2. Eckhart’s word is eigenschaft, meaning something like ‘ownness’ or ‘possessiveness’: cf. Sermon 6 and note 3 there.
  3. Quint suggests that the carrying of the spiritual property of the preacher from his cell to the pulpit, being an act in time and space, drags the spiritual down to the material world. See notes 13 and 18.
  4. The ‘poor man’ i s supposed to have come from Bohemia, of which province Eckhart had been made vicar-general in 1307. From about 1322 Eckhart was in Cologne (see Introduction, p.). The maiden suggests that the spirit of the poor man’s reply is that of Cologne (i.e., of Eckhart), which he cannot have ‘brought with him,’ in the sense referred to, from Prague. The poor man indicates by the image of the sunshine, that the same spirit is after all not unknown in Prague (Q). He also implies, I think, that in spiritual matters neither time (at least fifteen years earlier) nor place is relevant; also, being ‘poor in spirit,’ he has nor carried it as his personal property, emphasizing this by refusing to elaborate further in the presence of the

Master himself.

  1. Quint interprets this too as a response to the poor man’s words about ‘carrying his sermon from his cell to the pulpit,’ namely, that anyone who does nor find the truth within must learn to love it when he hears it preached (and that the preacher

must, therefore, ‘carry it to the pulpit’). If he loves what he hears, then he will indeed be able to find it within.

  1. Since love knows no distinctions, age has no special privileges (Q).
  2. This paragraph is missing in all but two MSS, in one of which it is misplaced (Q). Eckhart was in fact three times in Paris (1 293, ca. 1300-1302, and 1311 1-12)

(cf. Introduction, pages 7-8), and certainly ‘proved himself’ in disputation there. But, says the poor man, to have been ‘tried and proven’ in the truth is more important than such academic distinctions. Despite its omission in several MSS, this passage is

a necessary and important element in the dialogue. Its omission is ascribable merely to a scribal oversight (inefficiently ‘corrected’ in the Munich text) and nor to any doctrinal misgivings.

  1. Finally, the Master questions the maiden and the poor man, and the poor man’s reply supplements that of the maiden. This indicates that he is wiser than she is, while the Master is, of course, wiser than both. Their answers together indicate the relation that should exist between the teacher or preacher, and the truth that he declares (Q).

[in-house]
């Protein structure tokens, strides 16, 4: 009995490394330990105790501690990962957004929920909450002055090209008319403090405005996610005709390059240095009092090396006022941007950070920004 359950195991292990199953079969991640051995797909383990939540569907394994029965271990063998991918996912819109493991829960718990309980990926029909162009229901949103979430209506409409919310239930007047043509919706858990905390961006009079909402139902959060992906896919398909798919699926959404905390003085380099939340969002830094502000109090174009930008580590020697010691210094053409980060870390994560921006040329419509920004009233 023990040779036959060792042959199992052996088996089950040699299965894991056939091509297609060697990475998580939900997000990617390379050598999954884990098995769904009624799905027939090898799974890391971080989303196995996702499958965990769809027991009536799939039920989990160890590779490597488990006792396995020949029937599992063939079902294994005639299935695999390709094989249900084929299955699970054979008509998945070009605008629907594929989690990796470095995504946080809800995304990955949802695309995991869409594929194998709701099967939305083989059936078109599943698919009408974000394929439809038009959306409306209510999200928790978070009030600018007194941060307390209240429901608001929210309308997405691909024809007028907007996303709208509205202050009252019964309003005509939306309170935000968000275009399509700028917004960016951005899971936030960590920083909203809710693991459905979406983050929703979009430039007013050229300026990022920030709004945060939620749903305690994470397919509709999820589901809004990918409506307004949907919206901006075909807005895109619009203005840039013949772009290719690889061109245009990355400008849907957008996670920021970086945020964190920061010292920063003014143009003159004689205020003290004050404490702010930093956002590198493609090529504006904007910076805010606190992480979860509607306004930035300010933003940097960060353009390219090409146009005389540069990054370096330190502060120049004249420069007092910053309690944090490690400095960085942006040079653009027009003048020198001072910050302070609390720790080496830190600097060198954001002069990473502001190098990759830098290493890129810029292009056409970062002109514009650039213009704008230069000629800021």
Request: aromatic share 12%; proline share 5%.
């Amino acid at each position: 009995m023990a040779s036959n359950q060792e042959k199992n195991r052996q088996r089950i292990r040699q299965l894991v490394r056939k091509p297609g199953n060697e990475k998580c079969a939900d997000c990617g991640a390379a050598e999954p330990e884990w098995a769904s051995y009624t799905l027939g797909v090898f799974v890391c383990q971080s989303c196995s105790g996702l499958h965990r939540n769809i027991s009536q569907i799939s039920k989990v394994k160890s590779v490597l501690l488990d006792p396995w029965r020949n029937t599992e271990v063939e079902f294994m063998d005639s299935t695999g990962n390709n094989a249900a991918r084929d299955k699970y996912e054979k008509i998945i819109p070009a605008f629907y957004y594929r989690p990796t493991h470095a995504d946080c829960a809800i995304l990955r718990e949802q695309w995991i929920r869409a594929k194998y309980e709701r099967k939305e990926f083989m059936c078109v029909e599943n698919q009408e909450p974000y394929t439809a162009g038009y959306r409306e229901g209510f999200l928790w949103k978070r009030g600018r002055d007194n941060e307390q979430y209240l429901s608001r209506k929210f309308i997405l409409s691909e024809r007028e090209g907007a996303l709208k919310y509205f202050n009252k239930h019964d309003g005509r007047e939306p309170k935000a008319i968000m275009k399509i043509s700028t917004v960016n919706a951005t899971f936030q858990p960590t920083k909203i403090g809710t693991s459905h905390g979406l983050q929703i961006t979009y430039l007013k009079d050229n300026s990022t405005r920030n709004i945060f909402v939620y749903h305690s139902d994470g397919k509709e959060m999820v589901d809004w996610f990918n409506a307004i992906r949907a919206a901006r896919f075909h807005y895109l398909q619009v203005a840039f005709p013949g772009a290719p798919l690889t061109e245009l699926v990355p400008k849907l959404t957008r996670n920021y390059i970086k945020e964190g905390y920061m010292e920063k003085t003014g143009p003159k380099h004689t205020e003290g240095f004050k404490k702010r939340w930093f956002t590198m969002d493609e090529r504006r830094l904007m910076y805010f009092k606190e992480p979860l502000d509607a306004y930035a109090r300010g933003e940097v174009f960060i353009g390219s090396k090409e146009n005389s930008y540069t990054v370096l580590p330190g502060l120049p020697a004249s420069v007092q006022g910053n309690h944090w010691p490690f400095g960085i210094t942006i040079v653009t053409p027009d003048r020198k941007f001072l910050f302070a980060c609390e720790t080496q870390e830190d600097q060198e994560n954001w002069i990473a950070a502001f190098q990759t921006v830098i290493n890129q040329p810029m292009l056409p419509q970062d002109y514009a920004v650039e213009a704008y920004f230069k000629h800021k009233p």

2. Quint omits these words, found in Pfeiffer’s text. Their relevance is nor perhaps immediately obvious, but they do point to the distinction between ‘outward

words’ and the eternal Word. Even if they are genuine (which I think probable), it is not quite clear whether they form part of the poor man’s speech or nor. Cf. Sermons 36 and Sermon 22.

  1. Quint has instead of this a doggerel verse from the Munich MS: This is Meister Eckhart’s sermon and question.

Whoever hears them or repeats them, May God grant him a goodly end And after this life a happy resurrection. Amen.

This is a typical scribe’s verse, certainly nor attributable to the author of the dialogue, and of no interest except for its expression of faith in the Master. It is certainly less

relevant than the words mentioned above (note 17). It is also inaccurate since the piece in question is nor a ‘sermon’ of the Master’s. On the other hand, the term ‘feast’ (wirtschaft) in Pfeiffer’s text is in accordance with the contents; indeed, since

wine is included we might even speak of a ‘symposium’! Quint calls the whole an ‘ovation’ for Meister Eckhart and quotes with approval Friedrich von der Leyen’s words (Zeitschrift fur deutsche Philologie 38 [1906]:356) that it ’emanates from

the circle of our master’s disciples,’ or that it was ‘produced under his immediate influence.’ We can, I think, go a little further. The dialogue clearly emanates from those who had known the Master in his last days in Cologne. It is rigidly disciplined in form and content, and shows accurate knowledge of the Master’s life (e.g., his three visits to Paris, cf. note 1 5, and his activity in Bohemia) as well as of his teachings. It

is not merely an ‘ovation’ but a defense of the Master, whether produced before or after his death (d. note 7). In this connection, the poor man’s avoidance of excess is significant: on being urged to ear heartily he says he will ear neither too much nor too

little. This could be an implied criticism of some more intemperate followers of the Master, alluded to by Suso in chapter 6 of his Little Book of Eternal Wisdom (trans.

Clark [London, 1 95 3]) in the shape of the ‘nameless wild one’ who, in the manner of some recent Western Zen enthusiasts, misinterpreted the master’s teachings as ‘unrestrained liberty. ‘

There is another possible interpretation of the discussion (cf. notes 11,12, 13)

about the Master’s ‘carrying his sermon from his cell to the pulpit,’ which the poor man deprecates and the Master justifies. As Eckhart himself had said in one sermon (Sermon 5 6): ‘Whoever has understood this sermon, good luck to him. If no one had been here I should have had to preach it to this offertory box.’ He had to preach of that which he knew, even in the full knowledge that he would be misunderstood, and despite the realization that he would probably be – as he was – persecuted for it. ~Meister Eckhart, The Complete Works, Page 582-587